Today's News

  • Fiscal Court approves board appointments

    Carroll County Fiscal Court approved appointments to the three county boards, each for three-year terms effective January 2012, at their meeting Dec.  15.

    Rick Alexander was re-appointed to the Ghent Fire Protection District. Reggie Zapp was re-appointed and Grover Crawford was appointed to the Extension Service Council. On the Tourism Commission, Kevin Craig was re-appointed as the Chamber of Commerce representative, while Rhonda Welch was re-appointed as the restaurant representative.

  • Trooper honored for enforcement

    The Kentucky Office of Highway Safety and the Kentucky State Police issued awards at a ceremony held Dec. 8, 2011 to law enforcement officers across the state for their individual contributions to the Commonwealth’s mission of aggressive traffic enforcement.

  • Student of the week: Logan McIntyre

    What is your favorite thing about school?
    “Talking to my friends.”

    Who is your favorite teacher and why? 
    “Mrs. Hooper because she’s cool and relaxed and does not yell a lot.”

    What was the last book you read? 
    “The Hunger Games.”

    What was the last movie you saw? 
    “Money Ball”

    Where do you want to go to college?

  • Merry Christmas River George


    Special to The News-Democrat

    Saturday’s Carroll County Animal Support adoption event turned into a miracle reunion for a Pendleton family and their dog that was stolen more than 15 months ago.

  • Arrests made in Henry puppy mill operation

    After a six-month investigation of an alleged puppy mill operated by Terri and Kenneth Smith at 25 Allison Lane in rural Campbellsburg, the couple is now facing 218 counts each of second-degree animal cruelty.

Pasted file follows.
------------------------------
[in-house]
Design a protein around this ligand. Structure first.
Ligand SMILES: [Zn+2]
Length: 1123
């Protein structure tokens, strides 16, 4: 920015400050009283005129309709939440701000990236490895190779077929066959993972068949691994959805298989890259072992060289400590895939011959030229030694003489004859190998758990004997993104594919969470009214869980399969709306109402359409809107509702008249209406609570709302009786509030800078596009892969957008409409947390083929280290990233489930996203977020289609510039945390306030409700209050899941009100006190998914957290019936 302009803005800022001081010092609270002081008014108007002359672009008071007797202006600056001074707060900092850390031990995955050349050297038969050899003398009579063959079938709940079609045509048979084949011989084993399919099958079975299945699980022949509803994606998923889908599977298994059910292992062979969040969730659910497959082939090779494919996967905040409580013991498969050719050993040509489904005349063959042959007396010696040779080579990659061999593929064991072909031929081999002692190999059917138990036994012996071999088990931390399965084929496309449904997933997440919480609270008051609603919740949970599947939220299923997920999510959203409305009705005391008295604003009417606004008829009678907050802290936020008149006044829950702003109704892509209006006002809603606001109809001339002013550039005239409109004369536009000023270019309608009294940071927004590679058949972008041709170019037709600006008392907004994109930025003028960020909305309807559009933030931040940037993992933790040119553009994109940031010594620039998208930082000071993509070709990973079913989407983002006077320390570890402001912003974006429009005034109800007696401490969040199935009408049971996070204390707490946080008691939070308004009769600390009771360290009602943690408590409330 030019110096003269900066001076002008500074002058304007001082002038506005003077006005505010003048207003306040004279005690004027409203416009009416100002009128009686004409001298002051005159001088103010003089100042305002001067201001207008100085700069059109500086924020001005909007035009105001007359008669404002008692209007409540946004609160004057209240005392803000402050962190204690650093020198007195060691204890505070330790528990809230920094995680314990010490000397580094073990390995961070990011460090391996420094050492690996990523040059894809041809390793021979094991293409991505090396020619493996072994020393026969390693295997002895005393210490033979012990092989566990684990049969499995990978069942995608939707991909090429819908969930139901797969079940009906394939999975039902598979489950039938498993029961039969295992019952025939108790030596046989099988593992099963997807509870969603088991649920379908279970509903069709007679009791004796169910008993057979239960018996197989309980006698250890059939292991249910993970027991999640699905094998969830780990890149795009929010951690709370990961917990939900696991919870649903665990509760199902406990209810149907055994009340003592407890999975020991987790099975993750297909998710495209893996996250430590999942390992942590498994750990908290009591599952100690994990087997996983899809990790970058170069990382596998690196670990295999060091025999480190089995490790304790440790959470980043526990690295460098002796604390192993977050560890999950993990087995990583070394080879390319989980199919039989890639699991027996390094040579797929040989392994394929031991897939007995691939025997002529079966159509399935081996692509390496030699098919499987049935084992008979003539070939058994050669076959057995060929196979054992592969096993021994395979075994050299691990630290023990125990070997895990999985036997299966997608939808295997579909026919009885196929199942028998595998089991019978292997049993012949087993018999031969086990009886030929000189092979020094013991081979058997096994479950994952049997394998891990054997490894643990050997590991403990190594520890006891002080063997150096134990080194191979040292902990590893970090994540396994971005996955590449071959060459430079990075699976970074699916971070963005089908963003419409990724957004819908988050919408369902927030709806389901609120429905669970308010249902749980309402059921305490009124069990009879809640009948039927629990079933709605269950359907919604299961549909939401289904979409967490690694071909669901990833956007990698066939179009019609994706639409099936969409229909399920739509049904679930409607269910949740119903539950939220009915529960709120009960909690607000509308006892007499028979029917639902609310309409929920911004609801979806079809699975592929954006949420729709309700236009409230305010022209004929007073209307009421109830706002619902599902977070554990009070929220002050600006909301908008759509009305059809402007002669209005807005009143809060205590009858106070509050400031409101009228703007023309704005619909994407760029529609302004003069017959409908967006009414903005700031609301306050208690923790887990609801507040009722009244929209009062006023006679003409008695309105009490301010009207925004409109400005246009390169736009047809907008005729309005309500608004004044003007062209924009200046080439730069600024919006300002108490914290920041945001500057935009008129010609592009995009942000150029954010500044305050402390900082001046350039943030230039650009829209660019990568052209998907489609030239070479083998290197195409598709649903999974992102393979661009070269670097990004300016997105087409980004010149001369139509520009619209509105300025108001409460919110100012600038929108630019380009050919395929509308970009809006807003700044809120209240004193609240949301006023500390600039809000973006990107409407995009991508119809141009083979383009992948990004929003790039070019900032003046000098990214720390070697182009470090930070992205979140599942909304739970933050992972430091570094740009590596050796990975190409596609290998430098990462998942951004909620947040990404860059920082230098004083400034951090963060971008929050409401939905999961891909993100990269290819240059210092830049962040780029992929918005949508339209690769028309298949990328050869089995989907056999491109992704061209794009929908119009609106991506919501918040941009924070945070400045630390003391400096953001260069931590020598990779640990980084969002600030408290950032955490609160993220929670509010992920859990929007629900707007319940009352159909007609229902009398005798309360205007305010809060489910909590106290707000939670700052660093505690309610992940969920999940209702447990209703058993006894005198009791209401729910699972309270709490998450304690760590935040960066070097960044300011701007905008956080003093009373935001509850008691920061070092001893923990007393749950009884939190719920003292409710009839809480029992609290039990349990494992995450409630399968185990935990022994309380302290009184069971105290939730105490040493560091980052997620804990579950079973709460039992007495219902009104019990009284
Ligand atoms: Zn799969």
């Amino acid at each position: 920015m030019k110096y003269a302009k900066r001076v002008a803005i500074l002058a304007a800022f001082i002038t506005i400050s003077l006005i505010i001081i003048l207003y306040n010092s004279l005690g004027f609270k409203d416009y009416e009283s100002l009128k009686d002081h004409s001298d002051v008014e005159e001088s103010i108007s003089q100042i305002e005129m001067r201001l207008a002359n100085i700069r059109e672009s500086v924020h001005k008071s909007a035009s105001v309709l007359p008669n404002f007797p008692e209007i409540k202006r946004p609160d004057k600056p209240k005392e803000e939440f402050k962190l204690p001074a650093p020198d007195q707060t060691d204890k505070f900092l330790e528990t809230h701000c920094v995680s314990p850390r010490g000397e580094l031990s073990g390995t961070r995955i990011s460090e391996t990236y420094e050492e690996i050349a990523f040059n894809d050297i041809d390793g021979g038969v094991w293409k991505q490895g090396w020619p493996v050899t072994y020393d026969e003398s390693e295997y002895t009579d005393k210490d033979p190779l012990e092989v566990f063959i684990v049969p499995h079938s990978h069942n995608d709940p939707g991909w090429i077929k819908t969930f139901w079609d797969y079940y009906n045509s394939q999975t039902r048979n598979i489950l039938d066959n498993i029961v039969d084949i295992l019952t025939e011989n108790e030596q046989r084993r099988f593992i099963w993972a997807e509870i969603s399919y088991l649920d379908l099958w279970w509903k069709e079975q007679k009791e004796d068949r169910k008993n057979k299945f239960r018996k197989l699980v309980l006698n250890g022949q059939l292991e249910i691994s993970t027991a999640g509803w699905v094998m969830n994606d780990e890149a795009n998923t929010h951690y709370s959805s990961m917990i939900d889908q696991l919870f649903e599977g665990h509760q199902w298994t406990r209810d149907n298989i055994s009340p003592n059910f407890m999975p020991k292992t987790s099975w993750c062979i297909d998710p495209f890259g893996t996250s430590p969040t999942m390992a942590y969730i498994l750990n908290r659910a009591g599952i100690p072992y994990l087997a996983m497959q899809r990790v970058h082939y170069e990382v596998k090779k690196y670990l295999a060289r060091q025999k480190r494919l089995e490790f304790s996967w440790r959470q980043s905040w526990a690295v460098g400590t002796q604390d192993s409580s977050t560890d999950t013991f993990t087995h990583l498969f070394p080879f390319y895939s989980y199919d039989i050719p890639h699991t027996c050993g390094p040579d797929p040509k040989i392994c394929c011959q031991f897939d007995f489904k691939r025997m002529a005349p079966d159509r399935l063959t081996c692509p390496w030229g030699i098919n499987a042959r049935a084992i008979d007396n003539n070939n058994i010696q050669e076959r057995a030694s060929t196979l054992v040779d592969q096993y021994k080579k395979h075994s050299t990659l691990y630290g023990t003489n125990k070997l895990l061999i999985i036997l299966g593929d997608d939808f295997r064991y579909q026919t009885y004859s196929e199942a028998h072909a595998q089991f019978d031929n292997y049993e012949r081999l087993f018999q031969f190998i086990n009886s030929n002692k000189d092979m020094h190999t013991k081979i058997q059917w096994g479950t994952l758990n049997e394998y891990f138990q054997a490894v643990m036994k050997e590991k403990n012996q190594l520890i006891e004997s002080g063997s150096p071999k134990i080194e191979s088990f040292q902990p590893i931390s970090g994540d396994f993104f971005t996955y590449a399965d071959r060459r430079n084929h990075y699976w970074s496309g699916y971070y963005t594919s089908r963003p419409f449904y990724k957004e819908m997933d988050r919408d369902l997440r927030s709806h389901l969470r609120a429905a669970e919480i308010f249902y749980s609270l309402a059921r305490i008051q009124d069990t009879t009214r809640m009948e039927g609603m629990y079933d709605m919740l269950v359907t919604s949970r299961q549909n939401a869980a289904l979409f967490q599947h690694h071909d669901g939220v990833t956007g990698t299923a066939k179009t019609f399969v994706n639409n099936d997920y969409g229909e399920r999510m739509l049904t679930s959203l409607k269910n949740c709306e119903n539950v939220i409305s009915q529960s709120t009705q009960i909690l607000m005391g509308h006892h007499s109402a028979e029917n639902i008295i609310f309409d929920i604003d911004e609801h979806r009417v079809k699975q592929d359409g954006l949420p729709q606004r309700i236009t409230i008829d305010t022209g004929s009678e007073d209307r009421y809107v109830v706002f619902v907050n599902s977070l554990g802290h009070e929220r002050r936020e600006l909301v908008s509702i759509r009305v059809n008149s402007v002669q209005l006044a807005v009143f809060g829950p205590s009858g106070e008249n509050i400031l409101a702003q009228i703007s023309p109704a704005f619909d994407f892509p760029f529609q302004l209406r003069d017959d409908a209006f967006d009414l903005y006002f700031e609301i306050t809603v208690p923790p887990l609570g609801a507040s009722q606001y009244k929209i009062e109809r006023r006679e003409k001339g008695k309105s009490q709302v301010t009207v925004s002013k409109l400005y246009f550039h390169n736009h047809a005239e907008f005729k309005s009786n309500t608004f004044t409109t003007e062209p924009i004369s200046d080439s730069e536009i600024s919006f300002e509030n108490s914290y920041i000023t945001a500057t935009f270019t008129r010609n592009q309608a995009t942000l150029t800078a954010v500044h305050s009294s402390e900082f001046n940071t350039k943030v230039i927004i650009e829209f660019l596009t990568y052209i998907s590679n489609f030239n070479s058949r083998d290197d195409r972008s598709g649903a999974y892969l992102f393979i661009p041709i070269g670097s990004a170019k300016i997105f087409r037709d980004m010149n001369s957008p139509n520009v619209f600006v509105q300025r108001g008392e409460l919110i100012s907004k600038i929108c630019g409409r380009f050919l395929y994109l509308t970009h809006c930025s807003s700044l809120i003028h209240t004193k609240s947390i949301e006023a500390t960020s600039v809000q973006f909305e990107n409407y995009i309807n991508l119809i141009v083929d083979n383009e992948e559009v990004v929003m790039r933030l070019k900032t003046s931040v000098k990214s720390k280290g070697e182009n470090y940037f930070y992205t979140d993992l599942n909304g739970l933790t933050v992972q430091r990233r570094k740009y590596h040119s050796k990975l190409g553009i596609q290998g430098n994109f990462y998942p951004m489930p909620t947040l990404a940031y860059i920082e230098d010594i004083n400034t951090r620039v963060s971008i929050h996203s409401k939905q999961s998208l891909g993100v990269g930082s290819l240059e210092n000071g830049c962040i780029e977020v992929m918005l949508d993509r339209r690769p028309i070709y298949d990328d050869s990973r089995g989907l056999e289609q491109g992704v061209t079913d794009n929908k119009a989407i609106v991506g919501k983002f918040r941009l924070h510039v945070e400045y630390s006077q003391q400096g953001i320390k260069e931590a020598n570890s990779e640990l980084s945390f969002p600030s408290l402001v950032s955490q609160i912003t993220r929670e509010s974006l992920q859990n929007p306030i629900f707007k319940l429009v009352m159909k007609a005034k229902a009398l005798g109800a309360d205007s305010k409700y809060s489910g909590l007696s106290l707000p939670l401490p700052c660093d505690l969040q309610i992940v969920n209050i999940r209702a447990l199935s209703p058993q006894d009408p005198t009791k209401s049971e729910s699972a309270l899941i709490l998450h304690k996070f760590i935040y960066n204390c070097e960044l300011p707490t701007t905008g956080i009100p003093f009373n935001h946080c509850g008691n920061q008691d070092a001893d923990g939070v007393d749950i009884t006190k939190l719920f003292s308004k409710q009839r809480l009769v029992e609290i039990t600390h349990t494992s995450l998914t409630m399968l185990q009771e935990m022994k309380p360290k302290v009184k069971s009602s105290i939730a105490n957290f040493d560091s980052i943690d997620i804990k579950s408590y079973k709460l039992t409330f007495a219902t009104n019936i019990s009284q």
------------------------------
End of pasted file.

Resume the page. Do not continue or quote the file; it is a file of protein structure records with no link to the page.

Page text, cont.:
Second-degree animal cruelty is a Class A misdemeanor, which carries a sentence of up to 12 months in prison and $500 fine.

  • CO poisoning kills Welch at her home

    Carbon monoxide poisoning appears to have claimed the life of former Butler-Turpin Historic House manager Evelyn Welch.

    Welch, 57, was found dead at her home on Highland Avenue in Carrollton Sunday night by her son, according to Carroll County Coroner David Wilhoite.

    Wilhoite said preliminary findings point to carbon monoxide as the cause of death. However, it will take up to eight weeks to receive toxicology report results.

  • Deputy Co. Clerk indicted by Grand Jury

    Carroll County Deputy Clerk Patti A. Mefford was indicted Monday night by a Carroll County Grand Jury for the alleged theft of money from the county clerk’s office.

    After nine hours of testimony and deliberation, the grand jury of eight men and four women presented their decision to Circuit Court Judge Stephen Bates. The grand jury decided there was enough evidence to indict Mefford. They chose not to indict Carroll County Clerk Alice Marsh or any other employee of the Carroll County Clerk’s office in the matter.

  • BREAKING NEWS: County Deputy Clerk indicted by Grand Jury

    Carroll County Deputy Clerk Patti A. Mefford was indicted Monday night by the Grand Jury for allegedly stealing money from the County Clerk’s Office. County officials confirmed Mefford also was terminated from her position Monday night. The full story will be in tomorrow’s edition of The News-Democrat.

  • Student of the week: Cassidy Buchanan

    What is your favorite thing about school?
    “Social studies. I like to learn about history, and I like history.”
    Who is your favorite teacher and why? 
    “Ms. Haun. She explains things when you don’t get it, and she’ll help you out.”
    What was the last book you read? 
    “‘Who Harnessed the Horse?’ It’s a fiction book about a boy back in Wooly Mammoth time who finds a wild horse and decides to ride it.”

  • Applied technology degree offers many opportunities

    Jefferson Community and Technical College has always been in the business of educating local students and helping them achieve their educational and career goals.  In today’s tough economy having the skills to compete in the job market is more important than ever. 

    JCTC’s applied process technology degree is just one example of how JCTC can provide those skills and elevate our local workforce to meet the demands of the high skill, high wage job market.